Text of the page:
The latest book in the brilliant, bestselling Sharpe series brings Sharpe to Portugal, and reunites him with Harper.
It is 1809 and Lieutenant Sharpe, who belongs to a small British army that has a precarious foothold in Portugal, is sent to look for Kate Savage, the daughter of an English wine shipper. But before he can discover the missing girl, the French onslaught on Portugal begins and the city of Oporto falls.
Sharpe is stranded behind enemy lines, but he has Patrick Harper, he has his riflemen and he has the assistance of a young, idealistic Portuguese officer. Together, they have to find the missing girl and extricate themselves from the entanglements cast by Colonel Christopher, a mysterious Englishman who has his own ideas on how the French can be ejected from Portugal. Those ideas are as fantastic as they are dangerous, but the French are rampant, Lisbon is threatened and Christopher sees Sharpe and his riflemen as the only obstacles to his subtle scheme.
But there is a newly arrived British commander in Lisbon, Sir Arthur Wellesley, and just when Sharpe and his men seem doomed, Sir Arthur mounts his own counter-attack, an operation that will send the French army reeling back into the northern mountains. Sharpe becomes a hunter instead of the hunted and he will exercise a dreadful revenge on the men who double-crossed him.
Sharpe's Havoc is a classic Sharpe story, a return to Portugal in the company of Sergeant Patrick Harper, Captain Hogan and Sharpe's beloved Greenjackets, who can turn a battle as fast as Cornwell's readers can turn a page.
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One thing is as sure as death and taxes: that each successive Bernard Cornwell novel will be as exhilarating as its predecessor. Sharpe's Havoc continues the trend, demonstrating once again why the Richard Sharpe books by Cornwell are among the most cherished examples of historical derring-do around. While the novels are all assiduously detailed, with a precise sense of period, Cornwell knows how essential it is that his hero, the danger-prone Richard Sharpe, is as vividly characterised as ever. True to form, in Sharpe's Havoc we never lose sight of the character of the protagonist and the many members of the idiosyncratic supporting cast.
This time, we are taken to the spring of 1809 when a few British soldiers are stationed in Lisbon as Marshal Soult undertakes his assault on the garrison of Northern Portugal. It's not for Sharpe and his trusty crew of riflemen to dwell on the finer points of politics when they are sent into the city of Oporto to save the lives of two British women who have elected to stay. But when one of the women, Kate Savage, goes missing, Sharpe (along with Sergeant Patrick Harper and several battle-hardened colleagues) finds himself besieged in the city when the bridge over the river falls to the enemy. The English are forced on in a desperate journey back to the safety of the British encampment, but things become very murky when an enigmatic English officer informs them that they will be staying in the hellhole that is Northern Portugal.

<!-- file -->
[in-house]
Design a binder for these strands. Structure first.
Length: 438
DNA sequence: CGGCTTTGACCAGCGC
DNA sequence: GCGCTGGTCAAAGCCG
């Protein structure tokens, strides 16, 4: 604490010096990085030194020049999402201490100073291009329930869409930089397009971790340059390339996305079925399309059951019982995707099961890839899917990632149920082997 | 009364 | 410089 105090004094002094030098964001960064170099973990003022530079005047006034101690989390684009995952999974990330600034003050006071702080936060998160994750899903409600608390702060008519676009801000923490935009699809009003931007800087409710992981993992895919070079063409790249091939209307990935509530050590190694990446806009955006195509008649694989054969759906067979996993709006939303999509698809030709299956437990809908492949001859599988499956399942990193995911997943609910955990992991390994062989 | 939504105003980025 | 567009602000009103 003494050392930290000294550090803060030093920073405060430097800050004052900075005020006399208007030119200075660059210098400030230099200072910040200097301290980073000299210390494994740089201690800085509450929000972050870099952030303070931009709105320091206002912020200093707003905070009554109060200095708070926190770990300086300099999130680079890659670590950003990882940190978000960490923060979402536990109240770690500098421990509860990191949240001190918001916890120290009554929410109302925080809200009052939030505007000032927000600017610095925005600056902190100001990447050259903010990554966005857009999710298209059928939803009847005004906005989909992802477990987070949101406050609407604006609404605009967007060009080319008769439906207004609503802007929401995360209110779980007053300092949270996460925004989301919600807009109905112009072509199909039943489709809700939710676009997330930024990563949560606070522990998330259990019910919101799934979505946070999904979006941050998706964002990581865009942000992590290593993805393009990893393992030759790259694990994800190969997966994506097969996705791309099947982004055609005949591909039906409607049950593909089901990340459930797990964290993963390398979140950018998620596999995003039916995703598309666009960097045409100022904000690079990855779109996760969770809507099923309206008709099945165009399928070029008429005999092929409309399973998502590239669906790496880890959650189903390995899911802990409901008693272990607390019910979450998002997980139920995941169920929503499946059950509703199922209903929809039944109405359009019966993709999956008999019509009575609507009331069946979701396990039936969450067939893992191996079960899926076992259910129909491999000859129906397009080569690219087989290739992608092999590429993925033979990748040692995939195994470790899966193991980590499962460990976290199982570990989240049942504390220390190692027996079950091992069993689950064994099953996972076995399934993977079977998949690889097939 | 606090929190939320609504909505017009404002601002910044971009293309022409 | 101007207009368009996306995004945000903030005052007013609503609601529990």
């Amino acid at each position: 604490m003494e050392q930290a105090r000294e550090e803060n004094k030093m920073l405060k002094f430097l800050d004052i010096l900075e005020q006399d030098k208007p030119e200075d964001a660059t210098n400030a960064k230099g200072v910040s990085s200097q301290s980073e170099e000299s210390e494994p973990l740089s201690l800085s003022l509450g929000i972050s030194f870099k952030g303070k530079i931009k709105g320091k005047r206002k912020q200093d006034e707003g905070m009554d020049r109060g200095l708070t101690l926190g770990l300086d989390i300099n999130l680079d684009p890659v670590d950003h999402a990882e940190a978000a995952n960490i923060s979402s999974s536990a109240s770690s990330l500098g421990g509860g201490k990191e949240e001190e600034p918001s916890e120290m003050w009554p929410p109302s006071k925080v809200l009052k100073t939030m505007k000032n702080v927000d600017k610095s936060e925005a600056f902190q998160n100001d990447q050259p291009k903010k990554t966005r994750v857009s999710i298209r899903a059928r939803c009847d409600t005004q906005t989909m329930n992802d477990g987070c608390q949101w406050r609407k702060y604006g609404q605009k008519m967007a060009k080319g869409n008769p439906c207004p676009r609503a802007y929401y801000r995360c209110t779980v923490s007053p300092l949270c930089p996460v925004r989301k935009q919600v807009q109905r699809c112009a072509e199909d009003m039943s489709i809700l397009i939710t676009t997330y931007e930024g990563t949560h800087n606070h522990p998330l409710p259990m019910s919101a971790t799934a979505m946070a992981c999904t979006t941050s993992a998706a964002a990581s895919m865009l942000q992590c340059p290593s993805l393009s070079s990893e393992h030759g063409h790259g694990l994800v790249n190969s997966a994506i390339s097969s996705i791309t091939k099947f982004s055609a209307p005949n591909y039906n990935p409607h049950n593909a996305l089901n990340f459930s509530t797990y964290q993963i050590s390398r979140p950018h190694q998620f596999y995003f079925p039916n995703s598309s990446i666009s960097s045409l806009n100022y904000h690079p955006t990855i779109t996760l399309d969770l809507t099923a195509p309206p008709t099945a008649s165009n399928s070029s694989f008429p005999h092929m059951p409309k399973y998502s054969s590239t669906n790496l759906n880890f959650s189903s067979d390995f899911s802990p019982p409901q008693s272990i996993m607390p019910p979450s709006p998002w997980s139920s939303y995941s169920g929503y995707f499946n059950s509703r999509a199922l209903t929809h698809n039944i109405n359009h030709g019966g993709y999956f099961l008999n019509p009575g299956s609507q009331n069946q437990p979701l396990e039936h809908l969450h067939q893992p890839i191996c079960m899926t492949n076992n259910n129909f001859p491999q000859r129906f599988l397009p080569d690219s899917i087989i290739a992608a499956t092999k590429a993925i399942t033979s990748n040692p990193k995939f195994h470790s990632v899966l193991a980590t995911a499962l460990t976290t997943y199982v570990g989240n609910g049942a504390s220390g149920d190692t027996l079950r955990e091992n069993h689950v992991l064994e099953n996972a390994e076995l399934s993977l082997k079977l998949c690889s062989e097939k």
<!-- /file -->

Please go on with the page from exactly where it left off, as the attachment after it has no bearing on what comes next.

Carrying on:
Cornwell admirers will know exactly what to expect, and all the heady pleasures that distinguished such earlier books as Sharpe's Battle and Sharpe's Company are fully in place here, with the added impetus that comes from a notably picaresque narrative. All the central characters are drawn with the customary forcefulness, and instead of the expected tension and release that is the hallmark of most Cornwell novels, there's a steadily increasing excitement engendered here that leads to an all-stops-out finale. --Barry ForshawReview:
The 19th novel in the bestselling Sharpe series is set in 1809. Sharpe and his squad of riflemen, with Sergeant Patrick Harper, is in Oporto on the River Douro in northern Portugal, trying to rescue a British mother and her 19-year-old daughter. The daughter, Kate, disappears, and Sharpe has to find her, but is cut off when the bridge is broken. They join forces with a fugitive group of Portuguese soldiers in order to fight their way back to the British lines, but something happens which cancels their orders. Then Sir Arthur Wellesley arrives to take command in the south, and Sharpe breathes again. It is a great story, brilliantly told, which will undoubtedly sell well this coming spring, and is always lively and entertaining.
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Book Description HarperCollins, London, 2003. Hardcover. Book Condition: New. . . . . 8vo, hardcover. NEW in dust jacket. Bright, crisp & clean, unread; dj glossy. 379 p. maps. Bookseller Inventory # 1161122.38
Book Description HarperCollins Publishers Ltd, 2003. Hardcover. Book Condition: New. book. Bookseller Inventory # 0007120109